Results multiplied by one hundred
Equals percent change
The states in the four regions shown in Tables 3 and 6 are listed
The Northeast--Connecticut, Maine, Massachusetts, New Hampshire, New
York, New Jersey, Pennsylvania, Rhode Island, and Vermont.
The Midwest--Illinois, Indiana, Iowa, Kansas, Michigan, Minnesota,
Missouri, Nebraska, North Dakota, Ohio, South Dakota, and Wisconsin.
The South--Alabama, Arkansas, Delaware, Florida, Georgia, Kentucky,
Louisiana, Maryland, Mississippi, North Carolina, Oklahoma, South
Carolina, Tennessee, Texas, Virginia, West Virginia, and the District
The West--Alaska, Arizona, California, Colorado, Hawaii, Idaho,
Montana, Nevada, New Mexico, Oregon, Utah, Washington, and Wyoming.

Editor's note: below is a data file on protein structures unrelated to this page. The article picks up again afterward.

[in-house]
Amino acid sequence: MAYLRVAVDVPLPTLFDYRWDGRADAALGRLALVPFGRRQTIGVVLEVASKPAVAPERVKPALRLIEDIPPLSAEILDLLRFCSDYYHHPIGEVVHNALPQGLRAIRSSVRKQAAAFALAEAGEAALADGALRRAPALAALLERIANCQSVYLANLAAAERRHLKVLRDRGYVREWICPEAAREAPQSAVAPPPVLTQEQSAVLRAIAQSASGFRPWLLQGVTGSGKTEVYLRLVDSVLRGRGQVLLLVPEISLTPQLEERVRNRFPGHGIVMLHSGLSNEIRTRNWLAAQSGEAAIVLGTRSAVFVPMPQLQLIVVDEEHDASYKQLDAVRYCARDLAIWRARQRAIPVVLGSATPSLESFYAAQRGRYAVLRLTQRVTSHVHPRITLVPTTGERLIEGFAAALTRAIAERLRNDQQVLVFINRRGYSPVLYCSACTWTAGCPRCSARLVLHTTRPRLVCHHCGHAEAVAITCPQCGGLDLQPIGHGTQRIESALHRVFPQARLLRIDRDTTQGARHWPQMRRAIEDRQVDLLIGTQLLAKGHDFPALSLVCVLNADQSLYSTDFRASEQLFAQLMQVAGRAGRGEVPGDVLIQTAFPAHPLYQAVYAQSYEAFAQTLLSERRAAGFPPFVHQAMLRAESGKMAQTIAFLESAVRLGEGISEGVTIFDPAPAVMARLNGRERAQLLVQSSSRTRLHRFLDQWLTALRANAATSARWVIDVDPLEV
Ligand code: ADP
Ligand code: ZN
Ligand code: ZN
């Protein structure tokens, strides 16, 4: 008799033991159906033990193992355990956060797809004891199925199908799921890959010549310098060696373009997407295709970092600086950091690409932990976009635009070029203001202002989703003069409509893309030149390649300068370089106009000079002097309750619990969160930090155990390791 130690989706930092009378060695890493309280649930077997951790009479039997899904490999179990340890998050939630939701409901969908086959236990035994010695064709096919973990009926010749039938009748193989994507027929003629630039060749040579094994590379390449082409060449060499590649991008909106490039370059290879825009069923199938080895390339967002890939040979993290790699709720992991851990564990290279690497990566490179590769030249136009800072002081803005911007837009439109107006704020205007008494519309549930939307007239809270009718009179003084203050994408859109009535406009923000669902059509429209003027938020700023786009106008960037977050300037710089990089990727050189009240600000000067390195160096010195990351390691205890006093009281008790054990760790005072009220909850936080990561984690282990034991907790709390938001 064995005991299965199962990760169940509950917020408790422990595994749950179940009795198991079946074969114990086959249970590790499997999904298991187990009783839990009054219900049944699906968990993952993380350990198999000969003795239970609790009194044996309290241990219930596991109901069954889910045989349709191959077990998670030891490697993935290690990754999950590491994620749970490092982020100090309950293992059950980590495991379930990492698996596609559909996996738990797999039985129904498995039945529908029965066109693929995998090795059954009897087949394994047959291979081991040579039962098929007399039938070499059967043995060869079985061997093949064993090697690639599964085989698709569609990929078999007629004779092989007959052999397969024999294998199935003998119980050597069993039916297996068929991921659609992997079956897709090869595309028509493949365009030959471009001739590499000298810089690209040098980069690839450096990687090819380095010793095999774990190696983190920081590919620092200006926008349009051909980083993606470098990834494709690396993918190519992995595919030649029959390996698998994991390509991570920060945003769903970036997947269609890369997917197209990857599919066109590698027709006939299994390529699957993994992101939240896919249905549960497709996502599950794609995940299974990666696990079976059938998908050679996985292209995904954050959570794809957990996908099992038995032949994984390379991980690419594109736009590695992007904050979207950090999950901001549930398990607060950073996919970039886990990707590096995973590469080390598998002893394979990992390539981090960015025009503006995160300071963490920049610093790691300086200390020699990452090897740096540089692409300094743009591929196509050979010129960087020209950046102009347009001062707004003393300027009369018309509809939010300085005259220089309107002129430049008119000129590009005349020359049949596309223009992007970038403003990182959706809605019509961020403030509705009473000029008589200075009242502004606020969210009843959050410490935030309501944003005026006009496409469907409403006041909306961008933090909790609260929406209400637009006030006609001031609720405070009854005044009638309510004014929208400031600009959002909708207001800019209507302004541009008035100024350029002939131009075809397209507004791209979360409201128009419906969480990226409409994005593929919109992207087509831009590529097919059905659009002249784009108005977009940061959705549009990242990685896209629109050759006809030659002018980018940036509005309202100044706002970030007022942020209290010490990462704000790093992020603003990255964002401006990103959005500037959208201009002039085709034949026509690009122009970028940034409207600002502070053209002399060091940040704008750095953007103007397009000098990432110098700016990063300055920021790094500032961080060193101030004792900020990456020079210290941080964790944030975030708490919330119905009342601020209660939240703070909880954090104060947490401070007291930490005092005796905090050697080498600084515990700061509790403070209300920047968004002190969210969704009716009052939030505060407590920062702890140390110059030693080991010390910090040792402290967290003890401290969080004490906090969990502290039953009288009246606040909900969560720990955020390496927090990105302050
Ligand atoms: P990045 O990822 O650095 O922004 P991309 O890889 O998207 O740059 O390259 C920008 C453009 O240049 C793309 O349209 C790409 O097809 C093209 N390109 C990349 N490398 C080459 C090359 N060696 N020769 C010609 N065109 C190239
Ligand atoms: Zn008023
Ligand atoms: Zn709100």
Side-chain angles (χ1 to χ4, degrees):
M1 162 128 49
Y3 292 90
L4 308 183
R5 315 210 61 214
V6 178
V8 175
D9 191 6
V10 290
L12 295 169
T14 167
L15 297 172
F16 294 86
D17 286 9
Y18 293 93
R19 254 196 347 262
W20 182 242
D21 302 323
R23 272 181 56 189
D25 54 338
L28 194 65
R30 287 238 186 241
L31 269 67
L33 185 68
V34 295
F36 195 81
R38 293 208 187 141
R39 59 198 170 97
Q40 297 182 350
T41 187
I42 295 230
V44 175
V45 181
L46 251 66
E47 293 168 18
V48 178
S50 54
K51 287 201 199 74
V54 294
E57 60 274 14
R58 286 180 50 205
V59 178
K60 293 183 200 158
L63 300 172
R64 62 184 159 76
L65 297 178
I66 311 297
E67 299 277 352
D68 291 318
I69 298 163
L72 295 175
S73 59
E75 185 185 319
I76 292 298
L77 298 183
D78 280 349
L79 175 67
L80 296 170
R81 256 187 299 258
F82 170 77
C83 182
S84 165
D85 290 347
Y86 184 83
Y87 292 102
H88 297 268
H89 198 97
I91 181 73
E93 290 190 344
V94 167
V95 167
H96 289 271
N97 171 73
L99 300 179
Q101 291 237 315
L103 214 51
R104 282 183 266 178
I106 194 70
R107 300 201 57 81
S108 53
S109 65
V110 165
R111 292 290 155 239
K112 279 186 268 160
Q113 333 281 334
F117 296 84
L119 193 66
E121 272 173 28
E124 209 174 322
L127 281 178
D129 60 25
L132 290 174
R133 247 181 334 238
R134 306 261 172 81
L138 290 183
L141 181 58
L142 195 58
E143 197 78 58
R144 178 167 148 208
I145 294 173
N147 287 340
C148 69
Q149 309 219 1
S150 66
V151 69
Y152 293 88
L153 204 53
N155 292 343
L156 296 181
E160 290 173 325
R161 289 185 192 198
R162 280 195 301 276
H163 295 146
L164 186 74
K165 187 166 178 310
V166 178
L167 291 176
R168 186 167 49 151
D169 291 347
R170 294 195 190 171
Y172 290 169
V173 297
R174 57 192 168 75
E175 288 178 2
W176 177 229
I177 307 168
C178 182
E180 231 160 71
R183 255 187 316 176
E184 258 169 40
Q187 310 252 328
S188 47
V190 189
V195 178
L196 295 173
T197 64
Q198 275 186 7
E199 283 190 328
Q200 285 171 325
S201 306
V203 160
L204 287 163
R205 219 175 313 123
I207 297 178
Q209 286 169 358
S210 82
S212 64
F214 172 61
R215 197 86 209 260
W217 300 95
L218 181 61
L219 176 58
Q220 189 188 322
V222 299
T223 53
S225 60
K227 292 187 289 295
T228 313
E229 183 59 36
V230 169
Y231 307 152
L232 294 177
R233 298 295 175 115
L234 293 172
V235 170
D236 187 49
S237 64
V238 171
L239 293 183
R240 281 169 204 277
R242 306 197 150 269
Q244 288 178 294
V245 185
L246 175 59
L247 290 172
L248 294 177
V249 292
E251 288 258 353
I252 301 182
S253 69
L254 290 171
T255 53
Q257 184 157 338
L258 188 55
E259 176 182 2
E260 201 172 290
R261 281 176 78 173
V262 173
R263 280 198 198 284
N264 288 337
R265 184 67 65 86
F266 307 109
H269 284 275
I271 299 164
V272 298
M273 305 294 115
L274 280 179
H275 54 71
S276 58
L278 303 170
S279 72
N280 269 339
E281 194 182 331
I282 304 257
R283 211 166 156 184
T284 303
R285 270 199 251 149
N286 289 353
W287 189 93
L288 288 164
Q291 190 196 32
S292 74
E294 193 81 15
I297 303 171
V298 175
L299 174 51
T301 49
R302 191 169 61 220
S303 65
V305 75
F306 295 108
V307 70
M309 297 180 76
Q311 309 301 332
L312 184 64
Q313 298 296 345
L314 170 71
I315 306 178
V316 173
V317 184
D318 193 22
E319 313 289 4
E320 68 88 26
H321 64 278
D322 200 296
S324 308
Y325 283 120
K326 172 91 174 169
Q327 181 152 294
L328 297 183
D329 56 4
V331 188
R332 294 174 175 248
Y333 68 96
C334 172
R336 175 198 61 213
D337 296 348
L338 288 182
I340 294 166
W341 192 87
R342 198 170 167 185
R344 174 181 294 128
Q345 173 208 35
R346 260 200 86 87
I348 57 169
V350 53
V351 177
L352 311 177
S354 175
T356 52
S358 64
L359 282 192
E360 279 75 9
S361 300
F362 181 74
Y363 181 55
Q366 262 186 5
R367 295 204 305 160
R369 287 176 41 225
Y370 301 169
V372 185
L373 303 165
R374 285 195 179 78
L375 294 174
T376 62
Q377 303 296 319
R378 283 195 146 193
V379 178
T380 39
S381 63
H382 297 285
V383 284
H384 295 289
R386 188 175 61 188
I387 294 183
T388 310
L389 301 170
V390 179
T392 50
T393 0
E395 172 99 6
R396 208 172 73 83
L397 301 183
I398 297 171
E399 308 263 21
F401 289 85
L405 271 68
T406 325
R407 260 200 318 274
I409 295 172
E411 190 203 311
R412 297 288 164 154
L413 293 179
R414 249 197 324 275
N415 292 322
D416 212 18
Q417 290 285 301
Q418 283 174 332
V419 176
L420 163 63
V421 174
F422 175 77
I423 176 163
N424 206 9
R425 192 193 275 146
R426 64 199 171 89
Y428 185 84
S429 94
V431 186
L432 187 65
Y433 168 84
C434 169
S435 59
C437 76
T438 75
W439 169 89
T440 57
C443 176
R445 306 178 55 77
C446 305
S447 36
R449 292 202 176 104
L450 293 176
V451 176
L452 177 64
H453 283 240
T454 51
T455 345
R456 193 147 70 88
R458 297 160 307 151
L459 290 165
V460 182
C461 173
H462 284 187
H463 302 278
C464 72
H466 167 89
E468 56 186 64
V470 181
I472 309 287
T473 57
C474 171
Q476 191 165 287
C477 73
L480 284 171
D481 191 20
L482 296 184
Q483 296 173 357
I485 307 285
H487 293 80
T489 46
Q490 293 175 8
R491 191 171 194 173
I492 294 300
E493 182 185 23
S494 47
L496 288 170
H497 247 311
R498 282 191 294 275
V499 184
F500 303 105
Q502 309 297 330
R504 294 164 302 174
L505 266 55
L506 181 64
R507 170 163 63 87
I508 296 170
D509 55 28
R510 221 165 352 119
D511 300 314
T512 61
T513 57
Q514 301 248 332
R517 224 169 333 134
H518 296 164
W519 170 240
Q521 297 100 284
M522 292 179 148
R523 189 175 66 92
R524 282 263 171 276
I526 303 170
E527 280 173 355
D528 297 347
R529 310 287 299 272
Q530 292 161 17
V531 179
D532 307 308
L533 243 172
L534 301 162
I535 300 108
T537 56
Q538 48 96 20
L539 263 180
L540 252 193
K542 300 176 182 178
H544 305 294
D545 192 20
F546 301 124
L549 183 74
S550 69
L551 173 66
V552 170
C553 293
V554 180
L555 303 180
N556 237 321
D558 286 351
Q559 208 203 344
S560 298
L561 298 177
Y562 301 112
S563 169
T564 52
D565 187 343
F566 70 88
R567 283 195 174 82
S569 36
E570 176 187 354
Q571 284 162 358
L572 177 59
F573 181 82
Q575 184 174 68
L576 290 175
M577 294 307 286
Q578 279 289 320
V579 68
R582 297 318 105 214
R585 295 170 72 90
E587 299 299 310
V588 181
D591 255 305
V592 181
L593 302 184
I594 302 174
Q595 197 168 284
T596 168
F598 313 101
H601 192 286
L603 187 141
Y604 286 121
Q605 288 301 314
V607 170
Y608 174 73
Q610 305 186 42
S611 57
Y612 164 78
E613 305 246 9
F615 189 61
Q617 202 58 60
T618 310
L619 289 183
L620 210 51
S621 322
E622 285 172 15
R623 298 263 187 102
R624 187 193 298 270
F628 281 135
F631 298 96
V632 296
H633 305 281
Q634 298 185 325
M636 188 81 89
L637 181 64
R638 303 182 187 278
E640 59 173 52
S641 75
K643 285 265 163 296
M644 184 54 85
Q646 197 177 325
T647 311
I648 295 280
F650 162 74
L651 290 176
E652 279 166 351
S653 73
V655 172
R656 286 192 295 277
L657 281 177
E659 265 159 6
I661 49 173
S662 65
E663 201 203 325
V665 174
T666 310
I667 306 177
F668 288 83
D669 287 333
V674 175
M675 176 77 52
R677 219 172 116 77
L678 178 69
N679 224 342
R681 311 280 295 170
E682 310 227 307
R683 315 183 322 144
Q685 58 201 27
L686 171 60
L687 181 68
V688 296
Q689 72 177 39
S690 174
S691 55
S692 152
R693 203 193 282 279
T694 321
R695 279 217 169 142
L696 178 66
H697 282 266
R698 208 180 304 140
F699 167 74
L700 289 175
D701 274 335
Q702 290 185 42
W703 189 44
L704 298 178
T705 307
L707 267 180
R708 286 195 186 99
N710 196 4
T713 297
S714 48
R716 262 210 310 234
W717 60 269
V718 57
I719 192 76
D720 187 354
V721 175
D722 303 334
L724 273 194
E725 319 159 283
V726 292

A Note on Seasonally Adjusted and Unadjusted Data
Because price data are used for different purposes by different
groups, the Bureau of Labor Statistics publishes seasonally adjusted
as well as unadjusted changes each month.
For analyzing general price trends in the economy, seasonally
adjusted changes are usually preferred since they eliminate the
effect of changes that normally occur at the same time and in about
the same magnitude every year--such as price movements resulting from
changing climatic conditions, production cycles, model changeovers,
holidays, and sales.
The unadjusted data are of primary interest to consumers concerned
about the prices they actually pay. Unadjusted data also are used
extensively for escalation purposes. Many collective bargaining
contract agreements and pension plans, for example, tie compensation
changes to the Consumer Price Index before adjustment for seasonal